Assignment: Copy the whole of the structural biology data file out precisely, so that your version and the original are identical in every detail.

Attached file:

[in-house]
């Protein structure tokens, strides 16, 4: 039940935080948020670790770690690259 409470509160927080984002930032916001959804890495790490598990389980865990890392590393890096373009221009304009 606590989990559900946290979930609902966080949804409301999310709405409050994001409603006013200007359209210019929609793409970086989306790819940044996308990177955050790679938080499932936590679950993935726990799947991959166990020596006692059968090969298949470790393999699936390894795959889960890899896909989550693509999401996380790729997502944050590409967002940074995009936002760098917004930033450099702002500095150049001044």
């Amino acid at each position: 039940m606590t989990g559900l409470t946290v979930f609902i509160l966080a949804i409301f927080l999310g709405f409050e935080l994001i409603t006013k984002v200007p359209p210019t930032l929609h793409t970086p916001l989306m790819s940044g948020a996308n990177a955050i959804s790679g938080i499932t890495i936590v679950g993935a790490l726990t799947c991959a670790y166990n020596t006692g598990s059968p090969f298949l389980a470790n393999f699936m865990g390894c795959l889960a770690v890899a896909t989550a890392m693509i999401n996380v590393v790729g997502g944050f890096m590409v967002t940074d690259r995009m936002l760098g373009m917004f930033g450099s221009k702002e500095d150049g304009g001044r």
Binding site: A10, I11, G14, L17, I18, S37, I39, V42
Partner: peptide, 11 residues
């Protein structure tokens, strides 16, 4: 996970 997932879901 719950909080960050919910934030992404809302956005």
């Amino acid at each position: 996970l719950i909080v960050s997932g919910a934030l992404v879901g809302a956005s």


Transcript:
[in-house]
């Protein structure tokens, strides 16, 4: 039940935080948020670790770690690259 409470509160927080984002930032916001959804890495790490598990389980865990890392590393890096373009221009304009 606590989990559900946290979930609902966080949804409301999310709405409050994001409603006013200007359209210019929609793409970086989306790819940044996308990177955050790679938080499932936590679950993935726990799947991959166990020596006692059968090969298949470790393999699936390894795959889960890899896909989550693509999401996380790729997502944050590409967002940074995009936002760098917004930033450099702002500095150049001044």
């Amino acid at each position: 039940m606590t989990g559900l409470t946290v979930f609902i509160l966080a949804i409301f927080l999310g709405f409050e935080l994001i409603t006013k984002v200007p359209p210019t930032l929609h793409t970086p916001l989306m790819s940044g948020a996308n990177a955050i959804s790679g938080i499932t890495i936590v679950g993935a790490l726990t799947c991959a670790y166990n020596t006692g598990s059968p090969f298949l389980a470790n393999f699936m865990g390894c795959l889960a770690v890899a896909t989550a890392m693509i999401n996380v590393v790729g997502g944050f890096m590409v967002t940074d690259r995009m936002l760098g373009m917004f930033g450099s221009k702002e500095d150049g304009g001044r």
Binding site: A10, I11, G14, L17, I18, S37, I39, V42
Partner: peptide, 11 residues
């Protein structure tokens, strides 16, 4: 996970 997932879901 719950909080960050919910934030992404809302956005």
């Amino acid at each position: 996970l719950i909080v960050s997932g919910a934030l992404v879901g809302a956005s």